The 2020 Energy Conservation Code was modeled after the 2020 New York State Energy Conservation Construction Code and the New York State Energy Research and Development Authority's (NYSERDA) NYStretch Energy Code, requires new and existing buildings meet the following, effective 12 May:
budgeted $60 million to start retrofitting municipal buildings. Retrofitting can entail changes to lighting and upgrades to air distribution systems. The Mayor has proposed roughly $300 million for "building construction, reconstruction or retrofit" over the next four years. (Source: Various Media, NY Daily News, 23 Jan., 2020)Contact: NYC Mayor Bill de Blasio, www1.nyc.gov/office-of-the-mayor
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To avoid this greenhouse effect, air conditioning has been the standard solution, but, according to the International Energy Agency (IEA), energy used on air condition has doubled since 2000 and presently accounts for about 14 pct of all energy consumed.
In obvious agreement with the IEA, in April NYC mayor Bill de Blasio said he would ban all-glass buildings and force developers to retrofit existing buildings to make them more energy-efficient, although the "ban" was later clarified to mean "excessive use of glass and steel."
In the UK, London's mayor Sadiq Khan ruled out a similar plan but released regulations requiring construction firms to assess a building's energy use across its whole life-cycle and to use special types of glass that can block sunshine in hot weather, or even generate electricity themselves, such as the Edge building in Amsterdam. (Source: Various Media, Guardian, July, 2019)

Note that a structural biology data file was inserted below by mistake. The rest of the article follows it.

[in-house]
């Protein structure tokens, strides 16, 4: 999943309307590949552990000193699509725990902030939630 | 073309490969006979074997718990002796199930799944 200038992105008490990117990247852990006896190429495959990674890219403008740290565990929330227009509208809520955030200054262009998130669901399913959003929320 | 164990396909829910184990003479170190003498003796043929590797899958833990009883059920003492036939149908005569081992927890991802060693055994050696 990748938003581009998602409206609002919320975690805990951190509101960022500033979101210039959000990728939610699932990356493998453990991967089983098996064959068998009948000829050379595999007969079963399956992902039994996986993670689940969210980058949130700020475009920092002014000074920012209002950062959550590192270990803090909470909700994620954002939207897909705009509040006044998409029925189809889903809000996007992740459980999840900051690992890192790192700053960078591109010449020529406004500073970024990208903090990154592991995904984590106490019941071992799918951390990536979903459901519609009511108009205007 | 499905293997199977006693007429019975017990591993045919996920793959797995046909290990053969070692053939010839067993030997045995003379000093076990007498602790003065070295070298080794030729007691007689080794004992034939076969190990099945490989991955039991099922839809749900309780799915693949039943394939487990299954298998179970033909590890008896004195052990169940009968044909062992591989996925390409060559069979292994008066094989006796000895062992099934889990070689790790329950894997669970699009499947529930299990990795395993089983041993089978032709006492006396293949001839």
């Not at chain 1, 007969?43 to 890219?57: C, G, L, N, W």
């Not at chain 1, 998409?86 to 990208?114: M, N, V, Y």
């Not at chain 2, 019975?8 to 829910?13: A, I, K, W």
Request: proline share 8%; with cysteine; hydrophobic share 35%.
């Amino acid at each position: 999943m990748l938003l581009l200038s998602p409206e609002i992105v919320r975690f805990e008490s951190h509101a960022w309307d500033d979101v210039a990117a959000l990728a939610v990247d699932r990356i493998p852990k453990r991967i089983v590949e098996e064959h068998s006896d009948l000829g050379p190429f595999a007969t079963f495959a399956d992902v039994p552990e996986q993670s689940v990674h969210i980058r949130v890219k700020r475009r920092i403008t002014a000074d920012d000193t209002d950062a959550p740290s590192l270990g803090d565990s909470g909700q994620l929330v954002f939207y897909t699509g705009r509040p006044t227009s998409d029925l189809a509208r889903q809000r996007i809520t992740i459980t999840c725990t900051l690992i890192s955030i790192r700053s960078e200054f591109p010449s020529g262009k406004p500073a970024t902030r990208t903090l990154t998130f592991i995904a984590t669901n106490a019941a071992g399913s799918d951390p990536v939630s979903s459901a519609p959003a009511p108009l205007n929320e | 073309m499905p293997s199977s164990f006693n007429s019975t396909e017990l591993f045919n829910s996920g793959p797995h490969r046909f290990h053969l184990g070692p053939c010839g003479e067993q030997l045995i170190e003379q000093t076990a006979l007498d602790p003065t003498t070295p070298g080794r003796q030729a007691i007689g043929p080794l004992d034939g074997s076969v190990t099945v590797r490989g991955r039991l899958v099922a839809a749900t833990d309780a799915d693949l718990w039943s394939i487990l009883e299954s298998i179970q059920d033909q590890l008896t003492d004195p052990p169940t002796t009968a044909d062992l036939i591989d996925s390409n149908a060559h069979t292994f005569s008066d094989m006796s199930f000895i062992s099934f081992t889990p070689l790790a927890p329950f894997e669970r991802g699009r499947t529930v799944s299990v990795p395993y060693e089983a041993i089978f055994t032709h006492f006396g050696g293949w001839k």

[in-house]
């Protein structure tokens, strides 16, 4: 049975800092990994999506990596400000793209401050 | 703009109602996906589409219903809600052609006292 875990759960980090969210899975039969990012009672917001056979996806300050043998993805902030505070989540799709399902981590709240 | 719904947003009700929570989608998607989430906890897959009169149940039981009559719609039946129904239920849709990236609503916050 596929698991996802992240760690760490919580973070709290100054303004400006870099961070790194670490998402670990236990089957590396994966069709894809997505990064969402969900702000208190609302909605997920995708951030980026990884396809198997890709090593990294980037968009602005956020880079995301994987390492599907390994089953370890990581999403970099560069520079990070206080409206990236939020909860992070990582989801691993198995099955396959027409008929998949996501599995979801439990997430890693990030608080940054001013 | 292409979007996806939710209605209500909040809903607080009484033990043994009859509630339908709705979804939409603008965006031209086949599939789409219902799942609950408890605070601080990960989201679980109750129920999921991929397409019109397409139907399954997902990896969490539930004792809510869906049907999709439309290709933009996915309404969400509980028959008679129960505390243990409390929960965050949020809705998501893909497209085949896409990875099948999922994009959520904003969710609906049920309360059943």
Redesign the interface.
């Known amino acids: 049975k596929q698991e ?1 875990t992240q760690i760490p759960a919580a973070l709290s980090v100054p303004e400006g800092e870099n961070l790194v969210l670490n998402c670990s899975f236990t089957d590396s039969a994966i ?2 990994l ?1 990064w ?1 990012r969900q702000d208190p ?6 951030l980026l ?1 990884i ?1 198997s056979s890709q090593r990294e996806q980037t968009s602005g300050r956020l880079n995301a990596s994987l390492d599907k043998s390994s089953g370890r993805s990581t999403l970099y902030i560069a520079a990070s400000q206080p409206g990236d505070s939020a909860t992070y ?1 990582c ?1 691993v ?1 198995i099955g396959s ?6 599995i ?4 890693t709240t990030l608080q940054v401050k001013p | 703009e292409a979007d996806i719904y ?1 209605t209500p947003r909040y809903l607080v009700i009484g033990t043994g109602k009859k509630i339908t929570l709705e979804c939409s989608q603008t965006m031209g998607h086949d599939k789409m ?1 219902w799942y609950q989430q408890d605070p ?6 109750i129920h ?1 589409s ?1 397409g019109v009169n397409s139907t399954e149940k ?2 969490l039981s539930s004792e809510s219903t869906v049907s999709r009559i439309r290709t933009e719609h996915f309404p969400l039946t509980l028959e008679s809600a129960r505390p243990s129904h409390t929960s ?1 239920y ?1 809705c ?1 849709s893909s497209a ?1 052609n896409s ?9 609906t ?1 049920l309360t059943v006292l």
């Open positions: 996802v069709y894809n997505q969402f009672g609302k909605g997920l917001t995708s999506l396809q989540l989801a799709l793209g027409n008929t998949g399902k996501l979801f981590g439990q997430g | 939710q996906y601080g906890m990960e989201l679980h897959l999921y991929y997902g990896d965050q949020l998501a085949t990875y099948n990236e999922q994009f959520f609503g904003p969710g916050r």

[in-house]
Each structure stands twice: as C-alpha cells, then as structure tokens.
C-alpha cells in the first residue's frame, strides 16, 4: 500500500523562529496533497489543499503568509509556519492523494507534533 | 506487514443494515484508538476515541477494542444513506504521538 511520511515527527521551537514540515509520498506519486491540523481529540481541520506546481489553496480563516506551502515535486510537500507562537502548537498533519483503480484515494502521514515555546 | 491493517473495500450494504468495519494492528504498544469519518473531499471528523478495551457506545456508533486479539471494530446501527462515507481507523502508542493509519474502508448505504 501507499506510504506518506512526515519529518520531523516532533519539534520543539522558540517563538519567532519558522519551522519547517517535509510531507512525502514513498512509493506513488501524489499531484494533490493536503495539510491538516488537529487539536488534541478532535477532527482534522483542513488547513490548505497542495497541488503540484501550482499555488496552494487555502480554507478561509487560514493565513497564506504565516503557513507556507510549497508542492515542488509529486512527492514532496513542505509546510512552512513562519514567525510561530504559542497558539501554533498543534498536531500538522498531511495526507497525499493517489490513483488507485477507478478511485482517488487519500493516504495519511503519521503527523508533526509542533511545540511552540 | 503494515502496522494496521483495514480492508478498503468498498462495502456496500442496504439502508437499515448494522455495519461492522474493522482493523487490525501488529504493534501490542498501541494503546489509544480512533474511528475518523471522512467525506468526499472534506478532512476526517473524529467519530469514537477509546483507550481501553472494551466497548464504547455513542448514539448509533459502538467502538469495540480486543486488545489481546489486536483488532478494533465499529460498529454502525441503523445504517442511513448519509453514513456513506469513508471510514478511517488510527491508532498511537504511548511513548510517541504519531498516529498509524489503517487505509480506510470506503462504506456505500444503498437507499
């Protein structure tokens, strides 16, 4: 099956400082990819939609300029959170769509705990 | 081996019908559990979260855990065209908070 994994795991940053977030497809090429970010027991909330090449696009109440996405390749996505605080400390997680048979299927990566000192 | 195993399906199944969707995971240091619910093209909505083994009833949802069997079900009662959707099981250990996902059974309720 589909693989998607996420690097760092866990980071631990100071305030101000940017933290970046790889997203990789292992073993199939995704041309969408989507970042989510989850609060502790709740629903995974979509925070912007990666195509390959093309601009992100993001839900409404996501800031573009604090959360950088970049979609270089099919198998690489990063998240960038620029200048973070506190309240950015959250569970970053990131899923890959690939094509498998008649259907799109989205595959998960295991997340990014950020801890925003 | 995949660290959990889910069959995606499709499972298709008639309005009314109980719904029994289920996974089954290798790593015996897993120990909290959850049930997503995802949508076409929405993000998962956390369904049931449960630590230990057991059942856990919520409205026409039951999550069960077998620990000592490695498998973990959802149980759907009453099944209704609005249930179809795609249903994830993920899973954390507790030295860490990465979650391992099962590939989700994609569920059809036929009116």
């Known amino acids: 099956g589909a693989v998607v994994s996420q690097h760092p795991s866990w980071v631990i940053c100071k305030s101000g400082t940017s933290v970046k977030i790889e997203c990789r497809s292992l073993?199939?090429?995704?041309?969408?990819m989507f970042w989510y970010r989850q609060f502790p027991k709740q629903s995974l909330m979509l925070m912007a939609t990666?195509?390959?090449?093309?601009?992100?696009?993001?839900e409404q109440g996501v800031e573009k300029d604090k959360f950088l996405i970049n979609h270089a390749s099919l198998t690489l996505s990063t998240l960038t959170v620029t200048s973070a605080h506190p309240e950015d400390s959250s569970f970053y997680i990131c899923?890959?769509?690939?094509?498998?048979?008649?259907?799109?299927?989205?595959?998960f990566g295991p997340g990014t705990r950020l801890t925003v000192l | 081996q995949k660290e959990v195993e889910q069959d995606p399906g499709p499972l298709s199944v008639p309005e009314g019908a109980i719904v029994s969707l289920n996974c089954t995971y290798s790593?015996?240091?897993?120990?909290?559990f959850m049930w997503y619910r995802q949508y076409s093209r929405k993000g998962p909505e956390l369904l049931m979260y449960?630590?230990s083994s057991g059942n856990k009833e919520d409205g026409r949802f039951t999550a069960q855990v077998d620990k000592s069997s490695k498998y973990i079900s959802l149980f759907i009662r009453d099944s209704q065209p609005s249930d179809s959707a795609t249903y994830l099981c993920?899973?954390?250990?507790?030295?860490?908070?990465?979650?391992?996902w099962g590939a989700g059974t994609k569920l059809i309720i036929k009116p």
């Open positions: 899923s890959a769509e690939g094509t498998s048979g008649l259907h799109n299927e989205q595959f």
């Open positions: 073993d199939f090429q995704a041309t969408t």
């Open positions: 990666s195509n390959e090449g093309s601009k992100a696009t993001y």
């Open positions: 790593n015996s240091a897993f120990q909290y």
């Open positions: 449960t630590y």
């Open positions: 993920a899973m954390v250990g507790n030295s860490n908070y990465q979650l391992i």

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Reducing emissions from buildings -- which are responsible for nearly 70 pct of all greenhouse gas emissions -- is a key strategy of New York City's Green New Deal and commit the city to carbon neutrality by 2050.
As we previously reported, Trump Tower uses more energy than 93 pct of New York City's large residential buildings. Across the Big Apple, Trump owns at least eight buildings that do not meet 2030 emissions levels under the law. These include the Trump International Hotel & Tower, the Trump Building, the Trump World Tower, the Trump Tower, Trump Park Avenue, Trump Parc, Trump Parc East and Trump Palace. If Trump fails to clean up these buildings, he will owe approximately $2.1 million in fines every year beginning in 2030.
(Source: NYC Mayor Bill de Blasio, 6sqft,Various Media, 14 May, 2019) Contact: NYC Mayor Bill de Blasio, www1.nyc.gov/office-of-the-mayor
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The plan, which is part of his Worship's efforts to reduce city-wide greenhouse emissions by 30 pct, would also require all city operations to be powered from renewable energy sources,
mandatory organics recycling, and various other measures. (Source: Office of NYC Mayor Bill de Blasio, 4NY, April, 2019) Contact: NYC Mayor Bill de Blasio, www1.nyc.gov/office-of-the-mayor
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The Mayor's announcement comes on the heels of the City Council legislative package called the Climate Mobilization Act, the centerpiece of which is an emissions cap on buildings 25,000 square feet and up -- houses of worship and rent controlled and affordable housing excepted -- compelling landlords to retrofit their buildings beginning in 2024 or face hefty fines. The legislation aims to slash buildings' GHG emissions -- which currently account for almost 70 pct of the citywide total -- by 40 pct in 2030 and 80 pct by 2050.
OneNYC 2050 leverages and expands on that bill by banning construction of energy inefficient, glass-facade structures touches on pre-existing plans to shore up the city's defenses against climate change related natural disasters and storms. Mayor De Blasio projects these initiatives will cost the city roughly $14 billion. (Source: NYC, Various Media, Waste360, April, 2019)